Skip to main content Skip to sidebar Skip to footer
  1. Home
  2. /
  3. News
  4. /
  5. Press Releases
  6. /
  7. Scottish editors’ chief in awards tribute to outstanding modern journalist Lyra McKee
© AFP/JESS LOWE

Murdered journalist Lyra McKee was an “outstanding young woman” who pursued “hard yards in pursuit of the truth”, the Scottish Newspaper Society editors’ chairman Magnus Llewellin the Scottish Press Awards last night (April 25).

Speaking at the event attended by over 400 people at the Doubletree Hotel in Glasgow, Times Scotland editor Llewellin said Ms McKee was the illustration of journalism being “a noble pursuit”.

He added: “As someone who worked across a range of print and digital titles, Lyra was a typical modern journalist.”

“But she was also part of a tradition most of us here share and which goes back well before 1979 – and that is a tradition of knocking on doors and putting in those hard yards in pursuit of the truth.”

In a wide-ranging address, Llewellin also criticised the BBC for undermining the commercial news sector. He said it was “Now the biggest news publisher in the UK and it employs a publicly-funded army of journalists who relentlessly undermine what we do.

“So while we face a threat from monopolistic institutions based in California, the monopolisitic BBC is also a clear and present danger to media plurality in Scotland – and beyond – and we believe it should be recognised as such.”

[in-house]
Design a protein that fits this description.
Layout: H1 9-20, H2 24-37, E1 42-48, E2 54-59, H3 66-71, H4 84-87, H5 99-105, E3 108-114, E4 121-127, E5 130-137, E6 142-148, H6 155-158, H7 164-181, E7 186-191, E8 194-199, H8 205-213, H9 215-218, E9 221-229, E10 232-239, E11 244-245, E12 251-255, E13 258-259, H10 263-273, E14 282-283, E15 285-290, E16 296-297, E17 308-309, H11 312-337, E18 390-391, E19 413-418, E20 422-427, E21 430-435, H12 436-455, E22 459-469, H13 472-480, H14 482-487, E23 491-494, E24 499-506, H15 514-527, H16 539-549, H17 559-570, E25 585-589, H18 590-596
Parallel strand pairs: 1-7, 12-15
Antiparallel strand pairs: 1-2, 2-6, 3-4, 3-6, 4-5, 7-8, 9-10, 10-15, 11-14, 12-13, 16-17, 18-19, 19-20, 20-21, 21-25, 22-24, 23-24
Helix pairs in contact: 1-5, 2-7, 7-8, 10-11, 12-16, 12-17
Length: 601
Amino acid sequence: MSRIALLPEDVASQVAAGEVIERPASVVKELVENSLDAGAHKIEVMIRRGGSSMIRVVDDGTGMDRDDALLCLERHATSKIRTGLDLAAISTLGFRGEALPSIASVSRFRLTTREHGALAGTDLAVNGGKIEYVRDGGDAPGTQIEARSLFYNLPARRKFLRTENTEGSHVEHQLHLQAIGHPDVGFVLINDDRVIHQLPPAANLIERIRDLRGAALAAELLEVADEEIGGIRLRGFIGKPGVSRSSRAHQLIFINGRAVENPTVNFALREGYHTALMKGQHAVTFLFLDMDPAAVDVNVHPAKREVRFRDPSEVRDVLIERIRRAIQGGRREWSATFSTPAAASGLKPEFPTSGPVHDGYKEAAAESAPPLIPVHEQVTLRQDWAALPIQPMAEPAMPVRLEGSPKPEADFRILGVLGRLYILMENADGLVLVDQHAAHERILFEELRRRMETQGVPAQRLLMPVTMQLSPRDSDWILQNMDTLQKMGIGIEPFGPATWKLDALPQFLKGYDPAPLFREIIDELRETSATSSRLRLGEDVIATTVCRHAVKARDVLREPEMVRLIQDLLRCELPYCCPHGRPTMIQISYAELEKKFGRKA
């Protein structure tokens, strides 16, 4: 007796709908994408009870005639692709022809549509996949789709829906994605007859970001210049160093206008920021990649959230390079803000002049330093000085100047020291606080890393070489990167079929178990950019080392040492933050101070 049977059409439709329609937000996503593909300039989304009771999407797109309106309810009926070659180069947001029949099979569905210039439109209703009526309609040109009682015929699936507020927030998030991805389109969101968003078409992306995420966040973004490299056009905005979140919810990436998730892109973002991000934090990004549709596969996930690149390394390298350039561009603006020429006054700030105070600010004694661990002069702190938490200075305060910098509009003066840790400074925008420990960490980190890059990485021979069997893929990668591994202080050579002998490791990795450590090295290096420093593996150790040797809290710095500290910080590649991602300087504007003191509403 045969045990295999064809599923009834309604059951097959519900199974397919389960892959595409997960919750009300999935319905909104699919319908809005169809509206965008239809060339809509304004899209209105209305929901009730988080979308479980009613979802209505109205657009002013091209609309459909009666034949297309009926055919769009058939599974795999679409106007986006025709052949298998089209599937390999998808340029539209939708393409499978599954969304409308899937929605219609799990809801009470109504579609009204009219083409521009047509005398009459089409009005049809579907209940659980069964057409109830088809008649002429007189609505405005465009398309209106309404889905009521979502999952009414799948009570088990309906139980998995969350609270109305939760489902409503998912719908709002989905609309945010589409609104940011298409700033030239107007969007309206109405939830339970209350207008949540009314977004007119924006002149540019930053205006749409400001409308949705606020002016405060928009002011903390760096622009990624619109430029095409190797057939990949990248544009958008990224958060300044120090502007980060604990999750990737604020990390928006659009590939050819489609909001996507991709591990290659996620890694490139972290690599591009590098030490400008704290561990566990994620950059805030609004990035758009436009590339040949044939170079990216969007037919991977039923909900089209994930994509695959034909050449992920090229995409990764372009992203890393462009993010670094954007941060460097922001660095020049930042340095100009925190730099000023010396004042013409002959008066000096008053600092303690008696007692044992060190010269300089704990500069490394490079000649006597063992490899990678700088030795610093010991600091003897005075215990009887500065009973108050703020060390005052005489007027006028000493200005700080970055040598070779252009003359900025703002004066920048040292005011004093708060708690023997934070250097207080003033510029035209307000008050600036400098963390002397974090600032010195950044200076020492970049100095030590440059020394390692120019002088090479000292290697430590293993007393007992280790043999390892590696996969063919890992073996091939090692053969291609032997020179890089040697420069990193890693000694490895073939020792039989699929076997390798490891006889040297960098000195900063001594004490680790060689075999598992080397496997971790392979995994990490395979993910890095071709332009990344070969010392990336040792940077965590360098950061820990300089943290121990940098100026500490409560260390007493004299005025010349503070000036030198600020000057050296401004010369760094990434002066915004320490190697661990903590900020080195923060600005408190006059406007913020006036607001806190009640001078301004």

The Scottish Press Awards is organised by the Scottish Newspaper Society in partnership with Event Consultants Scotland and is sponsored by: Clydesdale Bank, VisitScotland, The Law Society of Scotland, The People’s Postcode Lottery, Johnnie Walker, Amazon, Openreach, Scottish Water, SGN and The BIG Partnership.

An edited text of Magnus Llewellin’s speech is as follows:

“It’s hard to believe 12 months have passed since we last got together – I guess must be a sign of age – but another year has indeed flashed by …

And while Brexit has been like a vampire squid wrapped around the face of the news industry, tonight we will once again showcase the fantastic work produced by the hugely talented professionals who grace the newspaper business in Scotland.

This celebration of the industry was established by our society way back in 1979 – in those far-off days when circulations were soaring and expenses were plentiful. That may have been 40 years ago but we are still in the fight – setting the agenda – and it is heartening to see more than 400 of us gathered here in Glasgow again.

For we are engaged in what I believe is still a noble endeavour and hopefully this ceremony will serve as a timely reminder to all of us that within our pages and on our various sites there is a still huge amount to admire.

Because, day in, day out, week in, week out, we – more than anyone else – break the news and provide the views that others follow – to the extent that nine out of 10 adults in this country read our titles every month and which helps make the Scottish public among the best-informed people on the planet.

Across Scotland news publishers still employ thousands and we continue to fight the good fight . . . Although it is a fight that is increasingly uneven.

Big Digital – Facebook and Google in particular – is hollowing out institutions across the economy and, as you know, we are not immune.

Earlier this year the Furman Report called on the UK to lead a global crackdown on their dominance . A little closer to home – and in the wake of the Cairncross Review – we will have to wait until the autumn for Ofcom’s latest assessment of the BBC’s performance.